In the gas supply technique, a simultaneous reduction of the gas supply intensity in the longitudinal direction of the effluent tank is accepted. Since, however, the gas supply intensity must not be less than that required for fluidizing the solids particles, this technique can be applied only with increased energy consumption.
In mechanical recycling, the particles are removed from the tank by an airlift and transported by a conveyor belt to the inlet of the effluent tank. The disadvantage in this method is the additional expense on investment and energy costs.
The invention is based on the object of effecting a solids recycle, in a fluid-bed reactor which allows the movement of the carrier particles in a manner which is advantageous, particularly in energy terms.
More particularly, an object of the invention is the uniform distribution of the particles in the reactor in a manner which is likewise advantageous in energy terms.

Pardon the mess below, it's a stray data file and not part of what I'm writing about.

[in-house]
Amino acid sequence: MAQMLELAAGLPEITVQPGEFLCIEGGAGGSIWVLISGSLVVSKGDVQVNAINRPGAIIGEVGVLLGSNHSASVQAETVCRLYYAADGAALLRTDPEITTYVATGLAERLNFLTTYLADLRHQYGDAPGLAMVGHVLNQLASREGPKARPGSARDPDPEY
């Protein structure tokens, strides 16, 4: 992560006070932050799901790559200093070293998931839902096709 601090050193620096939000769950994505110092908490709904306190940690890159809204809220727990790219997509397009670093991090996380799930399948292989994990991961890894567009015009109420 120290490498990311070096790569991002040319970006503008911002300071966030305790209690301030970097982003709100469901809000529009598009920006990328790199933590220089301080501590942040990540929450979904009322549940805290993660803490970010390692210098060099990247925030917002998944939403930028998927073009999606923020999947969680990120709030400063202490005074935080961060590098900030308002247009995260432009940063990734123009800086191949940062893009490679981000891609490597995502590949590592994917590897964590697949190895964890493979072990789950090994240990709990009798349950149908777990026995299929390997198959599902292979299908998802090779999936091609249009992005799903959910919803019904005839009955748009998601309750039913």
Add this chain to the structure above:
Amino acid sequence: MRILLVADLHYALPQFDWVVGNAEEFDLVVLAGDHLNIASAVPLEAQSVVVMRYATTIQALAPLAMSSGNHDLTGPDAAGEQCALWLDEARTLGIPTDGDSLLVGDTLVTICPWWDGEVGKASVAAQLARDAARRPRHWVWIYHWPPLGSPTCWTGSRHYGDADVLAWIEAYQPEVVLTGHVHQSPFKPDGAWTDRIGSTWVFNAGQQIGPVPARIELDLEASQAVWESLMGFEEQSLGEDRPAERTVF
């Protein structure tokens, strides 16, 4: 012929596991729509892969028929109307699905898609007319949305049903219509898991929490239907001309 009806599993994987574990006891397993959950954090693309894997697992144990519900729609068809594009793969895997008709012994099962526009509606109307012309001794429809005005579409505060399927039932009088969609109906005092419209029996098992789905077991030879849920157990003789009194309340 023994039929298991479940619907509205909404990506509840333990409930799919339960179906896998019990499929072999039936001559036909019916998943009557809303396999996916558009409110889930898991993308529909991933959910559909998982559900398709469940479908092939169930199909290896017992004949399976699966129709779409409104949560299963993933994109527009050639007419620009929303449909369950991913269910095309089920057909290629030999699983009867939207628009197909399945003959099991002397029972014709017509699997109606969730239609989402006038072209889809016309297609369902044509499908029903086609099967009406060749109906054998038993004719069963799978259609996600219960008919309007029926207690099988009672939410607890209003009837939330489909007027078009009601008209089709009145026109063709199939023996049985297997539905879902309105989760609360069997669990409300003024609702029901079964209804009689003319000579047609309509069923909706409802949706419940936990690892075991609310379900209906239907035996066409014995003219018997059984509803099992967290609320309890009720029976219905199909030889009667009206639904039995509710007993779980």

In a fluid-bed reactor with gas supply units and a retention system for the carrier particles and also a device for particle recycle in the reactor. These objects are achieved, according to the invention, when the device for the particle recycle consists of a jet ejector arranged along the reactor 1 and having a mixer tube, an inlet to the mixer tube and a propulsion nozzle to which the effluent stream flowing in is charged.
Advantageously, the suction chamber of the jet ejector adjoins the filter chamber, from which the discharge of the filtered effluent takes place. The suction chamber is here advantageously separated from the remaining reactor space by baffles.